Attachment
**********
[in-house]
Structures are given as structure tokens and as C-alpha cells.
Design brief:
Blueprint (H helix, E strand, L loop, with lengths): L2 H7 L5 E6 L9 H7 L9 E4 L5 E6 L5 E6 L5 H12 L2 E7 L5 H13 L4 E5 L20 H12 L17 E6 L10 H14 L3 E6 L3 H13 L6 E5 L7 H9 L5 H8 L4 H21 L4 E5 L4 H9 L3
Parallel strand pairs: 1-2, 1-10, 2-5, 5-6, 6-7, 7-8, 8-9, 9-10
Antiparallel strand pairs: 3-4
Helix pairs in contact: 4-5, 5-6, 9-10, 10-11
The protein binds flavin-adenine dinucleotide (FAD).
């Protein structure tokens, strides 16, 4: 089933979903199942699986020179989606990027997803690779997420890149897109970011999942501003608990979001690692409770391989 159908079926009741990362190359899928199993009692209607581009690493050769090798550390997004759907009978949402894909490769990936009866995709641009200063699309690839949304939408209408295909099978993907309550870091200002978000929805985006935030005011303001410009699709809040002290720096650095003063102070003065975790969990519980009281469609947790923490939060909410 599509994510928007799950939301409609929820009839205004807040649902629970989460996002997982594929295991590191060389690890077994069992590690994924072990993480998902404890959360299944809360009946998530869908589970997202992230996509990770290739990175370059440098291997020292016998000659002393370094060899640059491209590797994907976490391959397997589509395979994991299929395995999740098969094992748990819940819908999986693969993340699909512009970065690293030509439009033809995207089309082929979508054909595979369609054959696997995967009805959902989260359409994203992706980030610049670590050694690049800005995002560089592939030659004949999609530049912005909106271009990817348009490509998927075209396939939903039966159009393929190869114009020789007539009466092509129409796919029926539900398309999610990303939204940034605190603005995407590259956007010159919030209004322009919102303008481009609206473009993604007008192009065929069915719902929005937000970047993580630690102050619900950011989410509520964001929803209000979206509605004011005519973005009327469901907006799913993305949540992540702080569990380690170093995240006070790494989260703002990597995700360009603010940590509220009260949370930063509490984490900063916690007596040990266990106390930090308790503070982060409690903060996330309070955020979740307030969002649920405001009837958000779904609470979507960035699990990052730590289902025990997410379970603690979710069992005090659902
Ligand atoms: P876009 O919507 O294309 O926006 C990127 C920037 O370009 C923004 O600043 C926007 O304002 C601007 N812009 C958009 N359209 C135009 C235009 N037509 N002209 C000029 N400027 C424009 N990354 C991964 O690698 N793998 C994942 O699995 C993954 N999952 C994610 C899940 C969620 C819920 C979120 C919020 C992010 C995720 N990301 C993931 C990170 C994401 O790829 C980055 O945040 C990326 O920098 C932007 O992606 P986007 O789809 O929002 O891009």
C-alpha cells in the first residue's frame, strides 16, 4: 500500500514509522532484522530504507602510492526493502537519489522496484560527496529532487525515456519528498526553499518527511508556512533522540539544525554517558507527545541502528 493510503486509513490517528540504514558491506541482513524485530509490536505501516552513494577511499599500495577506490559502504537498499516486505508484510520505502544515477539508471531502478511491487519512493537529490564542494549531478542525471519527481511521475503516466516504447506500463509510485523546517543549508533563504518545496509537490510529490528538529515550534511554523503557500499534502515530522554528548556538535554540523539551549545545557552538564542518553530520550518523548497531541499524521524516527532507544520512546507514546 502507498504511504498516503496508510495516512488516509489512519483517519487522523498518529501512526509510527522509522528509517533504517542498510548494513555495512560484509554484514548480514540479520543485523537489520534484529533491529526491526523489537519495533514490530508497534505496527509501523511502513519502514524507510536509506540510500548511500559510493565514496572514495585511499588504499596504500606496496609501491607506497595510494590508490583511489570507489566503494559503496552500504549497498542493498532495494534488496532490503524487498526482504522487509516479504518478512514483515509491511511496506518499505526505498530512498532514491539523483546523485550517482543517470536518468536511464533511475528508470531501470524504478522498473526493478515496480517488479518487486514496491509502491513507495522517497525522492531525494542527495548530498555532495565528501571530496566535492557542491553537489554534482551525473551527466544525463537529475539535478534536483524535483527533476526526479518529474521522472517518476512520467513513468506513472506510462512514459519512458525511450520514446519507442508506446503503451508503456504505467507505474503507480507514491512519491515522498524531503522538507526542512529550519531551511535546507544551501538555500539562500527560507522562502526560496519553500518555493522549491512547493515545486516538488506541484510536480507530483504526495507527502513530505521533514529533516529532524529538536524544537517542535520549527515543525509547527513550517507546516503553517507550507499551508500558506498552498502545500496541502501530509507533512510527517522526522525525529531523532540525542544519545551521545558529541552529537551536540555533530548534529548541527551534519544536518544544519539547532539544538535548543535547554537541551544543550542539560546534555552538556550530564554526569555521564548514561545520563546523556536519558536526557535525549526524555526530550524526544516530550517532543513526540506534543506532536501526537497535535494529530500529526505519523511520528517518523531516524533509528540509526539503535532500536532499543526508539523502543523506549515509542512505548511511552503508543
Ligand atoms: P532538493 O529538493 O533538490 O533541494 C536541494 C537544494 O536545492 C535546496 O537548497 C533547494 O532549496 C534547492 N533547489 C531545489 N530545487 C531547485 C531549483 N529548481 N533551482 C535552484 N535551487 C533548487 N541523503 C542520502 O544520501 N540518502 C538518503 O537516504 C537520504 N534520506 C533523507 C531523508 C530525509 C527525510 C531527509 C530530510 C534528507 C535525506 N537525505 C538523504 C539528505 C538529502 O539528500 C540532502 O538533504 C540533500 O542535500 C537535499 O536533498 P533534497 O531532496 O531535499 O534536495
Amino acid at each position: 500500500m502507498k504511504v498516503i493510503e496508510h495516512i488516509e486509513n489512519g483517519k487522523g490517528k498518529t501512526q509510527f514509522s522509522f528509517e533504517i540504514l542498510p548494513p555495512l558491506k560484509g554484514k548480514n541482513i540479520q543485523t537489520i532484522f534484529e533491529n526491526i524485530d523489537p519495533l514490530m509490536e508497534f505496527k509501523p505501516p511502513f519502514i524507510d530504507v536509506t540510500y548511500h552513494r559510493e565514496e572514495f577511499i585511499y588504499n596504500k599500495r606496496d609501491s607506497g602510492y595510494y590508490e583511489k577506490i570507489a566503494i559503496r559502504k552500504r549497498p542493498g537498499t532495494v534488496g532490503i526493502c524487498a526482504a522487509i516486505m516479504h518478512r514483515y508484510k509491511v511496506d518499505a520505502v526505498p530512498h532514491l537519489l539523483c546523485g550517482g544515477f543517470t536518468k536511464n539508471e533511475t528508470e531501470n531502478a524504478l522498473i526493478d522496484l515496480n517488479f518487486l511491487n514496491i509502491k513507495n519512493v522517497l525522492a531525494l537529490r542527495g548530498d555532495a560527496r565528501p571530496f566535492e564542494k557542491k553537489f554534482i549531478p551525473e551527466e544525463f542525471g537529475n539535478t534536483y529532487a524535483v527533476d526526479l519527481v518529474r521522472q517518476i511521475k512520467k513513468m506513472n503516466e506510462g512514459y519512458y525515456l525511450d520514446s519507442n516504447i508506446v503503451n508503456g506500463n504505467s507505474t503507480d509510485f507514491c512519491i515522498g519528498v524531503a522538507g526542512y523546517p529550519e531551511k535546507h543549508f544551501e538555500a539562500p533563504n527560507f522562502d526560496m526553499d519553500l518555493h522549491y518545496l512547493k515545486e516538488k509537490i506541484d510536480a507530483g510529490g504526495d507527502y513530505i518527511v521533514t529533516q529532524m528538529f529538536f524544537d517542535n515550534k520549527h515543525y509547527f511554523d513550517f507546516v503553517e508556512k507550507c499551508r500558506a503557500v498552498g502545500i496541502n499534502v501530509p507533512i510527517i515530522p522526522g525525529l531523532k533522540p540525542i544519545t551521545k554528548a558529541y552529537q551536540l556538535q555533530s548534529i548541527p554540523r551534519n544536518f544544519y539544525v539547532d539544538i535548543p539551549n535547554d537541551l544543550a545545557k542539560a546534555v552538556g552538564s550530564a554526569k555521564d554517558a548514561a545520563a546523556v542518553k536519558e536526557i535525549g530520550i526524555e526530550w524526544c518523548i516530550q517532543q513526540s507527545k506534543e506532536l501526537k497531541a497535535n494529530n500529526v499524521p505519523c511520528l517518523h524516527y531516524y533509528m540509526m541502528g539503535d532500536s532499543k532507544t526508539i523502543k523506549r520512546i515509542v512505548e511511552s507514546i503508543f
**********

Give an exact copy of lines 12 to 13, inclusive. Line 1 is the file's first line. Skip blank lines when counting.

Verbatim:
Ligand atoms: P532538493 O529538493 O533538490 O533541494 C536541494 C537544494 O536545492 C535546496 O537548497 C533547494 O532549496 C534547492 N533547489 C531545489 N530545487 C531547485 C531549483 N529548481 N533551482 C535552484 N535551487 C533548487 N541523503 C542520502 O544520501 N540518502 C538518503 O537516504 C537520504 N534520506 C533523507 C531523508 C530525509 C527525510 C531527509 C530530510 C534528507 C535525506 N537525505 C538523504 C539528505 C538529502 O539528500 C540532502 O538533504 C540533500 O542535500 C537535499 O536533498 P533534497 O531532496 O531535499 O534536495
Amino acid at each position: 500500500m502507498k504511504v498516503i493510503e496508510h495516512i488516509e486509513n489512519g483517519k487522523g490517528k498518529t501512526q509510527f514509522s522509522f528509517e533504517i540504514l542498510p548494513p555495512l558491506k560484509g554484514k548480514n541482513i540479520q543485523t537489520i532484522f534484529e533491529n526491526i524485530d523489537p519495533l514490530m509490536e508497534f505496527k509501523p505501516p511502513f519502514i524507510d530504507v536509506t540510500y548511500h552513494r559510493e565514496e572514495f577511499i585511499y588504499n596504500k599500495r606496496d609501491s607506497g602510492y595510494y590508490e583511489k577506490i570507489a566503494i559503496r559502504k552500504r549497498p542493498g537498499t532495494v534488496g532490503i526493502c524487498a526482504a522487509i516486505m516479504h518478512r514483515y508484510k509491511v511496506d518499505a520505502v526505498p530512498h532514491l537519489l539523483c546523485g550517482g544515477f543517470t536518468k536511464n539508471e533511475t528508470e531501470n531502478a524504478l522498473i526493478d522496484l515496480n517488479f518487486l511491487n514496491i509502491k513507495n519512493v522517497l525522492a531525494l537529490r542527495g548530498d555532495a560527496r565528501p571530496f566535492e564542494k557542491k553537489f554534482i549531478p551525473e551527466e544525463f542525471g537529475n539535478t534536483y529532487a524535483v527533476d526526479l519527481v518529474r521522472q517518476i511521475k512520467k513513468m506513472n503516466e506510462g512514459y519512458y525515456l525511450d520514446s519507442n516504447i508506446v503503451n508503456g506500463n504505467s507505474t503507480d509510485f507514491c512519491i515522498g519528498v524531503a522538507g526542512y523546517p529550519e531551511k535546507h543549508f544551501e538555500a539562500p533563504n527560507f522562502d526560496m526553499d519553500l518555493h522549491y518545496l512547493k515545486e516538488k509537490i506541484d510536480a507530483g510529490g504526495d507527502y513530505i518527511v521533514t529533516q529532524m528538529f529538536f524544537d517542535n515550534k520549527h515543525y509547527f511554523d513550517f507546516v503553517e508556512k507550507c499551508r500558506a503557500v498552498g502545500i496541502n499534502v501530509p507533512i510527517i515530522p522526522g525525529l531523532k533522540p540525542i544519545t551521545k554528548a558529541y552529537q551536540l556538535q555533530s548534529i548541527p554540523r551534519n544536518f544544519y539544525v539547532d539544538i535548543p539551549n535547554d537541551l544543550a545545557k542539560a546534555v552538556g552538564s550530564a554526569k555521564d554517558a548514561a545520563a546523556v542518553k536519558e536526557i535525549g530520550i526524555e526530550w524526544c518523548i516530550q517532543q513526540s507527545k506534543e506532536l501526537k497531541a497535535n494529530n500529526v499524521p505519523c511520528l517518523h524516527y531516524y533509528m540509526m541502528g539503535d532500536s532499543k532507544t526508539i523502543k523506549r520512546i515509542v512505548e511511552s507514546i503508543f